Getting down to embedded GUI development tools, the silicon shortage offers the breathing room to investigate and try out different options. We offer some evaluation criteria here but for the current semiconductor crisis, the biggest factor lies in how far you can take GUI development without hardware.

GUI frameworks that offer simulation and testing on the host computer obviously take you further down the development lifecycle than simple code libraries and tools. The biggest limitation with host-based test tools is that they often don’t align with the performance characteristics of the target platform. Either by mismatched CPU emulation, instrumentation overhead, missing peripherals, or other gaps.

However, test tools that allow you to validate the operational behavior of the GUI saves valuable UX and application development time, and doesn’t require the hardware to be there. This video demonstrates how AMETEK Crank's Storyboard lets you do it:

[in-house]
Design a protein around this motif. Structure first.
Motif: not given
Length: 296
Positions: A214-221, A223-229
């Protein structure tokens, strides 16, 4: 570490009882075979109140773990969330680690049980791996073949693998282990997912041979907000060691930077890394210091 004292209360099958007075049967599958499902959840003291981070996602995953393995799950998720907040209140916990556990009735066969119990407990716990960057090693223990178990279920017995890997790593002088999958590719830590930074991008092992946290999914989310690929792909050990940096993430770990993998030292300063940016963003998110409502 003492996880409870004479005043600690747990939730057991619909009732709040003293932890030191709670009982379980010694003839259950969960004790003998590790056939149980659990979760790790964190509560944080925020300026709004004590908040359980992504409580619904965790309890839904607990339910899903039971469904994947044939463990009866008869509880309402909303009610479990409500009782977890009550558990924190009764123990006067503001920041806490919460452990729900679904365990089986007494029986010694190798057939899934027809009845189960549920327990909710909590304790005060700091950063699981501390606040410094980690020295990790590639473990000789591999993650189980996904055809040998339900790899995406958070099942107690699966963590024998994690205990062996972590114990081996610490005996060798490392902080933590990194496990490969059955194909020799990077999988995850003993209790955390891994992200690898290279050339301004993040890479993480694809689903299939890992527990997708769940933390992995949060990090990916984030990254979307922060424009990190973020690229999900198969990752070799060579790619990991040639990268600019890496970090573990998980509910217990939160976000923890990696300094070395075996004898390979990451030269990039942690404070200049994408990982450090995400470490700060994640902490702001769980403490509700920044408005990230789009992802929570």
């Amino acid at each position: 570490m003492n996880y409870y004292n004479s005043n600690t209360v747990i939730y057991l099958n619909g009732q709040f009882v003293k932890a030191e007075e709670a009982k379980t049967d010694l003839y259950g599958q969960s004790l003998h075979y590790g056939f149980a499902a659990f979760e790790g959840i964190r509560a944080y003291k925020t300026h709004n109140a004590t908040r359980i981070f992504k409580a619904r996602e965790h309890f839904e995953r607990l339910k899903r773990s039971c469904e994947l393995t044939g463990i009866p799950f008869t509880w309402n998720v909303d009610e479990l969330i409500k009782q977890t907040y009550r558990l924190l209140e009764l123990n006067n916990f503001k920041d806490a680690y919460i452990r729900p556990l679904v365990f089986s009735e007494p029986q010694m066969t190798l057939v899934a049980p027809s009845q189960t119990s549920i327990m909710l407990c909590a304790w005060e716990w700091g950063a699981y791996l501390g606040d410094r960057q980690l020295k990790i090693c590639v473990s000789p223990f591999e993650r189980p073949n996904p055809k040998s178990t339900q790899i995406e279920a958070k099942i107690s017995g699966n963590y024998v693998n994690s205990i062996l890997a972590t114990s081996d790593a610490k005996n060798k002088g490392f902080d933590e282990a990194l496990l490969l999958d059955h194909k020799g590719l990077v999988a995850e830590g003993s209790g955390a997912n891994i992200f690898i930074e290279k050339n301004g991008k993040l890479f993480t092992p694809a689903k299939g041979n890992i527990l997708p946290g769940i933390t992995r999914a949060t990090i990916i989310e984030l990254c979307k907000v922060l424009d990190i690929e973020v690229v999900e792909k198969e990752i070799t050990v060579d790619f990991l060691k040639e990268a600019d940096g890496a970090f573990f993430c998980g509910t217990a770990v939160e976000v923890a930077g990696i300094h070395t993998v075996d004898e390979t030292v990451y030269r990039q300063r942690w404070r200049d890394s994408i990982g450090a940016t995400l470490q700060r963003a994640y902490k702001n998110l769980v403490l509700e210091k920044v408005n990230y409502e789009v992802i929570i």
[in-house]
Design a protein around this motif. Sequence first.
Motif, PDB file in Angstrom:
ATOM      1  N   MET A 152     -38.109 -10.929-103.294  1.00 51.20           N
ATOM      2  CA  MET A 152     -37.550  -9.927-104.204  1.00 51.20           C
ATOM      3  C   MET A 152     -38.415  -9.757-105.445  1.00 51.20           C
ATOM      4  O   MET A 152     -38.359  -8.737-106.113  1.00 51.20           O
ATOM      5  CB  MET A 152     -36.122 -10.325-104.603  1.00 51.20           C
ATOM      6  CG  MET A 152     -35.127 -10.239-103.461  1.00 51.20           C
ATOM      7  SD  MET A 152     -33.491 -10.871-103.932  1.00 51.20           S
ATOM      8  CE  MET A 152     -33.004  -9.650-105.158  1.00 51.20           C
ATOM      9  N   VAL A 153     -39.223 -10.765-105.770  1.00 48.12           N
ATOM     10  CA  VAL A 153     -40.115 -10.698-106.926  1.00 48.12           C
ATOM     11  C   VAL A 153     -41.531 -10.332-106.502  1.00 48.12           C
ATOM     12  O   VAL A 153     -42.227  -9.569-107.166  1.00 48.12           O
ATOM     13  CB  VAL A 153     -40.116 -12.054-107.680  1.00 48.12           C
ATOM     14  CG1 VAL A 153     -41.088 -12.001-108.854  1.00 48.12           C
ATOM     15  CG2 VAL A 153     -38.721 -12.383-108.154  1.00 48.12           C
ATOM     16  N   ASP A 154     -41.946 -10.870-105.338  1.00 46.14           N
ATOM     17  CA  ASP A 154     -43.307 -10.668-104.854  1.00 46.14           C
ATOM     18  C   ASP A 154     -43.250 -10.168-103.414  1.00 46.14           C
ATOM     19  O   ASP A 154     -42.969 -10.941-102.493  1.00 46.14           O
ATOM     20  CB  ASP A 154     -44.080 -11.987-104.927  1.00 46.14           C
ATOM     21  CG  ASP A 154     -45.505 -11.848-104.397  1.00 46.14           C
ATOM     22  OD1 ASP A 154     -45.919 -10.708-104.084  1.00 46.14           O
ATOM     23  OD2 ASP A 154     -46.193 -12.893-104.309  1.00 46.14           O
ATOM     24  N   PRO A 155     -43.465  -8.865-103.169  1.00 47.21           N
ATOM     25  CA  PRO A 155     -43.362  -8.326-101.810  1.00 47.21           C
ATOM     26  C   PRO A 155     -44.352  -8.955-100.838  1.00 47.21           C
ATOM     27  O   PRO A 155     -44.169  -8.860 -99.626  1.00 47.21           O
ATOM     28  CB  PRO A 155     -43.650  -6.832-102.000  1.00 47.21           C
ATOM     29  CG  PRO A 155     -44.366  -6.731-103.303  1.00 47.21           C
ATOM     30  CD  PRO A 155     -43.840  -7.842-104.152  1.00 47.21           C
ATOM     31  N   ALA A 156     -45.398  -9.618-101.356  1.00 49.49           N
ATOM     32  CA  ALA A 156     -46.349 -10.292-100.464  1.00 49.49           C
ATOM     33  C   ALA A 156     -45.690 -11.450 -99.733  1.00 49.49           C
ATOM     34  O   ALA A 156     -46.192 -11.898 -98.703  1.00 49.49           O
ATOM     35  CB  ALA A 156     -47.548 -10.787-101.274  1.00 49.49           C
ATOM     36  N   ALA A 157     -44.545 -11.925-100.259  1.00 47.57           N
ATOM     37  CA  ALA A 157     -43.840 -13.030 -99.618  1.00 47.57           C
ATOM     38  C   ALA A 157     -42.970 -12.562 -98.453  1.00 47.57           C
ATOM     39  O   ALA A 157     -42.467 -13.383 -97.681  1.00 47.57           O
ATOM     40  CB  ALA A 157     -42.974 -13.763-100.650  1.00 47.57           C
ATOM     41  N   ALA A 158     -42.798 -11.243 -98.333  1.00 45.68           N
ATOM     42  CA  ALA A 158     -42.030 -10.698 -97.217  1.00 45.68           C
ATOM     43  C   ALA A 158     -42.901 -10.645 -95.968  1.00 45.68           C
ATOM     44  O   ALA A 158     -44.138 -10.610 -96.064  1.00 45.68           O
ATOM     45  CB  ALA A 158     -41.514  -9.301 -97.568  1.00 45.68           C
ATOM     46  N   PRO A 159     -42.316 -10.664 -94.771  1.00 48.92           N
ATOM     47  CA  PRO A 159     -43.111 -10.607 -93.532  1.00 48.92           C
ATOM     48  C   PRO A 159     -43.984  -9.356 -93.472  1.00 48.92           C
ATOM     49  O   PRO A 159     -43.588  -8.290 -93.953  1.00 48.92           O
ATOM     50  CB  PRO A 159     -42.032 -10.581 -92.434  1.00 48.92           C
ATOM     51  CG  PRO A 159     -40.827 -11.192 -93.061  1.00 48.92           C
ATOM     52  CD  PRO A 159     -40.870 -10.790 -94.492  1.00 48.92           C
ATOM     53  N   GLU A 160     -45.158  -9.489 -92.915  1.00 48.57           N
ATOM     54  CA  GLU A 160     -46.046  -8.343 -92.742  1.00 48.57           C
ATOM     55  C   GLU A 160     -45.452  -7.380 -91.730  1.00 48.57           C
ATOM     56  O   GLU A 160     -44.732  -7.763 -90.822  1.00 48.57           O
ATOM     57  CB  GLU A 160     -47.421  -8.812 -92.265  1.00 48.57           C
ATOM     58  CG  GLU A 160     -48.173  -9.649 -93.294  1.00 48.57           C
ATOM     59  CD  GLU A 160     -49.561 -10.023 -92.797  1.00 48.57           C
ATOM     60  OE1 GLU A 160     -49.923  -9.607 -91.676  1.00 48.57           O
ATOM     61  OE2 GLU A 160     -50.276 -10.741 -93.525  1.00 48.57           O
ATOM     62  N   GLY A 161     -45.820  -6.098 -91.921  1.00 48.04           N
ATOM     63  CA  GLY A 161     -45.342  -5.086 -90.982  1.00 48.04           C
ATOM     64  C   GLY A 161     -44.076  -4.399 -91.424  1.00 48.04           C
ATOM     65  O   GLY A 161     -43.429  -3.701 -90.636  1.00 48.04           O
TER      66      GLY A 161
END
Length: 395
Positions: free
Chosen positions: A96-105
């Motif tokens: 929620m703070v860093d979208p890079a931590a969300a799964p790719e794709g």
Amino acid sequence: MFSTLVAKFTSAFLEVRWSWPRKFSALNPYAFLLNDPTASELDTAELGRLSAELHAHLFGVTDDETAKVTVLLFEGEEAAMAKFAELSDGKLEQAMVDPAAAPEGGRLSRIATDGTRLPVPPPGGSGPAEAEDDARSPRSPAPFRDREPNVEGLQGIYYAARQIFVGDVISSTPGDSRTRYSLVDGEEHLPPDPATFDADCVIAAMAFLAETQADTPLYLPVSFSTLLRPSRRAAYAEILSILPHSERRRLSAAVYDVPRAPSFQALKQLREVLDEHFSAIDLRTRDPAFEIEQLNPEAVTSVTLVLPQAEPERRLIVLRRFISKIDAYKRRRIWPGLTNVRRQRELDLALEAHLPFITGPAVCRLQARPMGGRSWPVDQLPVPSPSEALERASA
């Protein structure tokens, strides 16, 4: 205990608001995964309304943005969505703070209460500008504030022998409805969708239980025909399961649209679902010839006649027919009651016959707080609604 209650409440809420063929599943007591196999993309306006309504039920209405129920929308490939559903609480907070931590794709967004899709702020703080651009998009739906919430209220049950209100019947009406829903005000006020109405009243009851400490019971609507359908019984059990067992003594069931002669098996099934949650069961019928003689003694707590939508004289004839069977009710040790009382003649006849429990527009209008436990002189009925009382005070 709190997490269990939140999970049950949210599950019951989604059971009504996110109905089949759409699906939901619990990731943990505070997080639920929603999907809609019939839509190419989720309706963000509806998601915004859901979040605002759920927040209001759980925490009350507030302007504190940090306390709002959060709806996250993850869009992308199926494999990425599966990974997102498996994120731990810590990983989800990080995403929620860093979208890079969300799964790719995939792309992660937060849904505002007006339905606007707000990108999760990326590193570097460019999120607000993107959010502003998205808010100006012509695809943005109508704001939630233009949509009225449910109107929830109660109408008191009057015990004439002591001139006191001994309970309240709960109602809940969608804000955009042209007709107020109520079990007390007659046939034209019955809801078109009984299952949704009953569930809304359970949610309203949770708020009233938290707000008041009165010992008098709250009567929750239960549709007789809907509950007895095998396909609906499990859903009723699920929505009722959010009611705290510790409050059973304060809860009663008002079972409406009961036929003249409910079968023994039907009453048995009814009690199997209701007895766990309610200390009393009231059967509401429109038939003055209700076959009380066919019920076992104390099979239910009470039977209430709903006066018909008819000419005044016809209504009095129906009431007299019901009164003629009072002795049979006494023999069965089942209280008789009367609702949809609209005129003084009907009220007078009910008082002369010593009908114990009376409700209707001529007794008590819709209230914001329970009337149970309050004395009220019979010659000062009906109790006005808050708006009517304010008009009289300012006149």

Crank-Storyboard-Adding-events-actions-and-testing-in-the-simulator

Testing using the Storyboard simulator

#4 Consider alternative hardware vendors (that your GUI supports!)

The final strategy we recommend is to shift your GUI hardware. Given that it may take years for the silicon supply to return, switching vendors may be the only option.

This becomes easier with a decoupled GUI architecture (to minimize front-end changes), parallel designer-developer processes (to streamline any impacts), and a GUI development framework that adapts easily to new hardware targets. Storyboard in particular is purpose-built to work with any hardware platform, and has built-in tools to support scaling up or down, with optimized runtimes for many different vendors.

There’s little to no friction when changing hardware due to the silicon shortage, even to smaller or lower-end MCUs.

Once you’ve considered these alternatives to your current GUI development processes, feel free to start looking into your hardware options. This best practices whitepaper offers an agnostic view into choosing the best platform for your GUI project:

Choosing the Correct Hardware Platform for Embedded GUI Applications